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RED DAWN

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You might have thought it a foolish idea to make a contemporary version of John Milius’ campy 1984 movie about a bunch of kids who forge a resistance movement against a Russian takeover of the U.S. On the evidence of Dan Bradley’s “Red Dawn,” you’d have been right.

The world has changed over the past twenty-eight years, of course, and the thought of Soviet tanks and missiles no longer has quite the same fearful effect. So Bradley and screenwriters Carl Ellsworth and Jeremy Passmore preface their treatment with a montage of fake news reports detailing how international affairs have become increasingly chaotic and dangerous. None of it makes much sense, but it provides the basis for that fearful day when Spokane, Washington suddenly finds itself being taken over by paratroopers and other forces carrying the flag of North Korea—something else that doesn’t make much sense. Anyway, while most of the population is cowed into submission, a ragtag group of teens led by the police chief’s two sons, Jed Eckert (Chris Hemsworth), an ex-Marine, and his younger brother Matt (Josh Peck), repair to a mountain cabin to form a resistance group they name after their high school football team, the Wolverines.

Before long our band of plucky fighters—which include callow Robert (Josh Hutcherson), the collaborationist mayor’s son Daryl (Connor Cruise) and Tori (Adrianne Palicki), who becomes Jed’s love interest—are killing North Korean occupiers, blowing up buildings, and taking aim at quislings, becoming local heroes who get help from courageous residents. There’s a subplot involving Matt’s eagerness to free his girlfriend Erica (Isabel Lucas), who was taken prisoner in the original assault, from her captors—which puts the whole crew in jeopardy—and a soap operatic thread involving Matt’s simmering anger toward Jed, who he believes abandoned him by joining the Corps right after their mother’s death, as well as a tragic moment involving their father (Brett Cullen).

But all that is just padding to the action sequences, which are relatively small-scaled due to the obviously meager budget but are given a kick by Mitchell Amundsen’s handheld camerawork and Richard Pearson’s hyperactive editing. In the last reel the plot deteriorates when an outside resistance fighter (Jeffrey Dean Morgan) shows up to enlist the group in an assault on the North Korean headquarters to steal what becomes the plot’s MacGuffin—a suitcase containing some sort of radio code for the device that’s inhibiting the electrical grid and thereby preventing effective action against the invaders (or something like that). That leads to a shootout in hallways and control rooms that involves self-sacrifice and, at long last, a direct confrontation with Captain Cho (Will Yun Lee), the North Korean commander who’s long been bedeviled by the Wolverines.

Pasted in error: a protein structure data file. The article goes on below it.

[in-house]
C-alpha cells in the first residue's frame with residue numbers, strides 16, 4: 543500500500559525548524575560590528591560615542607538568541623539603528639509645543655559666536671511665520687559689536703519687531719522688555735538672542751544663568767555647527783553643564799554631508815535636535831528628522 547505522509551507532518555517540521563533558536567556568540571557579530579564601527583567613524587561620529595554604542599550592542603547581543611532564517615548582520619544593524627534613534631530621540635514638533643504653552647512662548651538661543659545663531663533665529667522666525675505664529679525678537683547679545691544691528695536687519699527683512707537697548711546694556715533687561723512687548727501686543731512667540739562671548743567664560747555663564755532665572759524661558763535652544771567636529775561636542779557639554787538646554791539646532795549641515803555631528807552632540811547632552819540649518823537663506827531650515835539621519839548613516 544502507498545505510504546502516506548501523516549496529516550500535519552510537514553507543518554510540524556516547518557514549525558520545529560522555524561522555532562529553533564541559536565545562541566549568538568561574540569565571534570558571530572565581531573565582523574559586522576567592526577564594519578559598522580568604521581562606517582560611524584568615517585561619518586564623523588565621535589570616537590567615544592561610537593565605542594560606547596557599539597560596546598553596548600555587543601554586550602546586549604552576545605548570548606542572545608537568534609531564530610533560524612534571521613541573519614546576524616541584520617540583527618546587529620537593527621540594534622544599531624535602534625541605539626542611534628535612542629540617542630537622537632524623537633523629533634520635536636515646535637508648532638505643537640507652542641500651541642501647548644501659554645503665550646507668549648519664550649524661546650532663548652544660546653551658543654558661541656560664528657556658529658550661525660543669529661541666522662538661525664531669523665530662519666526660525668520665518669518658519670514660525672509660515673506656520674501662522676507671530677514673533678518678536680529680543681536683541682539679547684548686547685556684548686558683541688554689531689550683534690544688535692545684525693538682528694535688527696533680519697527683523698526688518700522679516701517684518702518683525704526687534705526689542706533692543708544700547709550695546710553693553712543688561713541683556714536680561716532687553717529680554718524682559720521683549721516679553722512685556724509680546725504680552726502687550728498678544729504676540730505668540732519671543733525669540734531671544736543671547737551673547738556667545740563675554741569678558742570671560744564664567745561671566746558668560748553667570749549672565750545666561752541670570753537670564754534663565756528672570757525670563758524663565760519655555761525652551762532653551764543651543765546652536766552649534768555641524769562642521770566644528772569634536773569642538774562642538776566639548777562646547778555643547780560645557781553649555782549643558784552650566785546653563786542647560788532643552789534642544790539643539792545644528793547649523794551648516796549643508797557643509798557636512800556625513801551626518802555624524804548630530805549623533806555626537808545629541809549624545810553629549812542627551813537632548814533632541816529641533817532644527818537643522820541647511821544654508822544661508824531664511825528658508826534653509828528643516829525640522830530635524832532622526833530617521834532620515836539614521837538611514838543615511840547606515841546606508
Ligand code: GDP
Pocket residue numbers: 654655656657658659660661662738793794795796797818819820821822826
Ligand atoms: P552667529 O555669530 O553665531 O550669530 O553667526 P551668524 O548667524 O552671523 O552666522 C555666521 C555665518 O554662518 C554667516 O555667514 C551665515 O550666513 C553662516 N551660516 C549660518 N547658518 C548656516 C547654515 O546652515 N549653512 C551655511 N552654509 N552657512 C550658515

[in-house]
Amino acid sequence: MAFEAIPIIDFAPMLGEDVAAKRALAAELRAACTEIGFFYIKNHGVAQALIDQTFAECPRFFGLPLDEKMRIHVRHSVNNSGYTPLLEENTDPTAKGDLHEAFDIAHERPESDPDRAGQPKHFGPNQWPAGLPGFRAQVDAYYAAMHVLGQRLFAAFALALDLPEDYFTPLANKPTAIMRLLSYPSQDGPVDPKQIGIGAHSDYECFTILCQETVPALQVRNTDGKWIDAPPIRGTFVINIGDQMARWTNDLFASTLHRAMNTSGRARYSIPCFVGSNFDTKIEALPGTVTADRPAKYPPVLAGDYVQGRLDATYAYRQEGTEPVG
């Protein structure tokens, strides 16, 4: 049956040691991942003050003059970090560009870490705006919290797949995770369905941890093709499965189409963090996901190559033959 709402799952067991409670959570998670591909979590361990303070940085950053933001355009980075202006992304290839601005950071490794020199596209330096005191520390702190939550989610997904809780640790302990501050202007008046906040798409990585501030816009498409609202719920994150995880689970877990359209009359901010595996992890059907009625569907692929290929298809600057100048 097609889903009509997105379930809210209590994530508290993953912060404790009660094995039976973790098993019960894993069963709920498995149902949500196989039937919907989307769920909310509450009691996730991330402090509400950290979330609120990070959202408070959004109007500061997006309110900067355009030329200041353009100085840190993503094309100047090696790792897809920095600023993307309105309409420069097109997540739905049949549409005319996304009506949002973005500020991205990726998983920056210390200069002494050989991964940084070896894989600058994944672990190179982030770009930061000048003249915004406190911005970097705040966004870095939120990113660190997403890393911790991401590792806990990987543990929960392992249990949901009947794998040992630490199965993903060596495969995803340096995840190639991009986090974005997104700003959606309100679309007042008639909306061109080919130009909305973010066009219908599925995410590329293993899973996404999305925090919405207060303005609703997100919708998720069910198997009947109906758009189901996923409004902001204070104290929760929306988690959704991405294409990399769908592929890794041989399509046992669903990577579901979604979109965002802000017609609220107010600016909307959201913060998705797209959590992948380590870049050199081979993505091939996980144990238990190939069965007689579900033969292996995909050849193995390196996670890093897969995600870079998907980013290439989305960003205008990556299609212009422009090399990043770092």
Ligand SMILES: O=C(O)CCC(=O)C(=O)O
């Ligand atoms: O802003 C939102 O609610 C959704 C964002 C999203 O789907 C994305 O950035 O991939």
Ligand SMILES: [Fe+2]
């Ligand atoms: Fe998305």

“Red Dawn” isn’t much different from the numerous television shows that have been made on similar subjects, whether the idea involved invaders (either earthlings or aliens) or post-apocalyptic fascist locals—things like “V,” “Jericho” or the current “Revolution.” The acting is rudimentary, the dialogue flat, the dramatic situations banal and jingoistic. There is one interesting moment when Jed tells his fighters that their motivation is stronger than that of the occupiers, because they’re defending their homeland while the North Koreans are outsiders with no real stake in the place—a curious sentiment from a fellow supposedly just back from Iraq (and one which you have to wonder whether gung-ho viewers, who will certainly appreciate the script’s allusions to video games, will ruminate on). But basically this is straight-up action fare that never asks any questions beyond where the next round of ammunition is coming from, based on a premise even sillier today than it was a quarter-century ago.